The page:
Ruto, DP get more in mini budget as roads lose Sh18b
State House and the Office of the Deputy President are among the big winners in the supplementary estimates tabled in Parliament on Wednesday.
According to the estimates, the DP’s office had its budget increased from Sh3.5 billion to Sh4.2 billion while State House had its budget increased from Sh6.4 billion to Sh9.9 billion.
The Immigration department also had its budget enhanced from Sh11.98 billion to Sh12.7 billion while the Citizen Services department had its budget raised from Sh5.4 billion to Sh5.9 billion.
Arid, Semi-Arid land (ASAL) and Regional Development department had its budget increased from Sh15.9 to Sh24 billion while the Ministry of Defence’s budget was raised from Sh144.9 billion to Sh153.4 billion.
Other big winners were the various departments in the education sector and the ministry of Interior and National Administration.
In its report, the Budget and Appropriations Committee (BAC), which is chaired by Kiharu MP Ndindi Nyoro, asked the House to approve an additional increment of the total recurrent expenditure by Sh90.7 billion and reduced the total capital expenditure for the development budget by Sh24.5 billion.
This will see the 2023/2020 budget increase to Sh2.438 trillion up from Sh2.375 trillion.
It also asked the House to approve Sh1.7 billion spent under Article 233 of the Constitution which allows the government to spend monies that have not been appropriated by Parliament.
The committee, however, raised concerns over the reduction of the development budget on account of budget rationalisation particularly in the State Department for Roads and the State Department for Housing and Urban development which will lose a whopping Sh38.82 billion saying this reduction will negatively affect completion of ongoing projects and add to additional pending bills.
The report shows that the Cabinet Affairs docket lost Sh285.9 million after its budget was slashed from Sh903 million to Sh617 million.
Department of Transport also lost Sh2.2 billion after its budget was slashed from Sh60.4 billion to Sh58.2 billion.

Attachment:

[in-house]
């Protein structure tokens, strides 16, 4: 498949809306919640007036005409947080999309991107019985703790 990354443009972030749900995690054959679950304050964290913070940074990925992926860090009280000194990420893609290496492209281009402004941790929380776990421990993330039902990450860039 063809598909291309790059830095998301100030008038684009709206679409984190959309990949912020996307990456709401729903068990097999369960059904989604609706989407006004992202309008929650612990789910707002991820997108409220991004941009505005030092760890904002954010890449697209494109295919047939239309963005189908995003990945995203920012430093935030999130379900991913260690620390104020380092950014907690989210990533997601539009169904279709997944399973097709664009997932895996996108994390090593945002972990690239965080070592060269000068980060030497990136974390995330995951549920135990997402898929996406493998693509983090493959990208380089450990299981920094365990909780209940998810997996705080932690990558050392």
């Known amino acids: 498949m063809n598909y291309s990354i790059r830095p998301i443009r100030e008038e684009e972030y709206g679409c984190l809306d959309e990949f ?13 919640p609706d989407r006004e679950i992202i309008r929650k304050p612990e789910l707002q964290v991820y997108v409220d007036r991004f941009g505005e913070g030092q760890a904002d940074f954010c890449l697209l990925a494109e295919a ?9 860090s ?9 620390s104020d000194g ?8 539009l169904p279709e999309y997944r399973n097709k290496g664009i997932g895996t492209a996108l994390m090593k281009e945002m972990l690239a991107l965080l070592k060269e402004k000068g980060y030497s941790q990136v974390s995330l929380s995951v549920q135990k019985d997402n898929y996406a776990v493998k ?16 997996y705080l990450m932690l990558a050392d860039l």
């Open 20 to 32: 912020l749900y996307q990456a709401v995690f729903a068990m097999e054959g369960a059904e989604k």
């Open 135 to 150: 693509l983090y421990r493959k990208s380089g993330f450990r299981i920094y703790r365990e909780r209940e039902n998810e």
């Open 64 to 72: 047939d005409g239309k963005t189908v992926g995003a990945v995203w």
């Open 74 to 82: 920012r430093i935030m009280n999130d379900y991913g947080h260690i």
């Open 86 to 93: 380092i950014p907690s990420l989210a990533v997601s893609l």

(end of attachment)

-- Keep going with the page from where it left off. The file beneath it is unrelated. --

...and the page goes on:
The Department for Roads, on the other hand, had its budget cut from Sh250. 8 billion to Sh232.2billion. Both Transport and Roads departments are under Cabinet Secretary Kipchumba Murkomen’s docket.
Housing and Urban sector lost Sh13.2 billion after its budget was reduced from Sh93.8 billion to Sh80.2 billion.
Other winners in the mini budget included the education sector which received the biggest allocations with the department for Higher Education and Research bagging Sh25.9 billion more after its budget was enhanced from Sh128.6 billion to Sh154.5 billion.
Department of Basic Education pocketed an extra Sh11.74 billion after its budget was raised from Sh147.8 billion to Sh159.6 billion.
Another big winner was the Teachers Service Commission which received an extra Sh19.8 billion after its budget rose to Sh343.6 billion, up from 323.8 billion.
Technical Vocational Education and Training Institutions got an extra Sh4.6 billion after its budget was increased to Sh32 billion up from Sh28.3 billion.
The Ministry of Interior and National Coordination also got an additional Sh8.5 billion, raising its budget to Sh35.3 billion, up from Sh27 billion.
Reads the report: “The committee observed that the increase in recurrent expenditure will be financed by additional net Exchequer issues of Sh49.53 billion and an expected additional Sh34.23 billion in recurrent Appropriations in Aid. The committee raised concern over how such critical recurrent expenditures were left out during the budget making process which raises concerns over the credibility of the overall expenditure framework.”
The other losers include the National Treasury whose budget was scaled down from Sh128.7 billion to Sh111.4 billion, State department for Medical Services from Sh116.5 billion to Sh110.6 billion.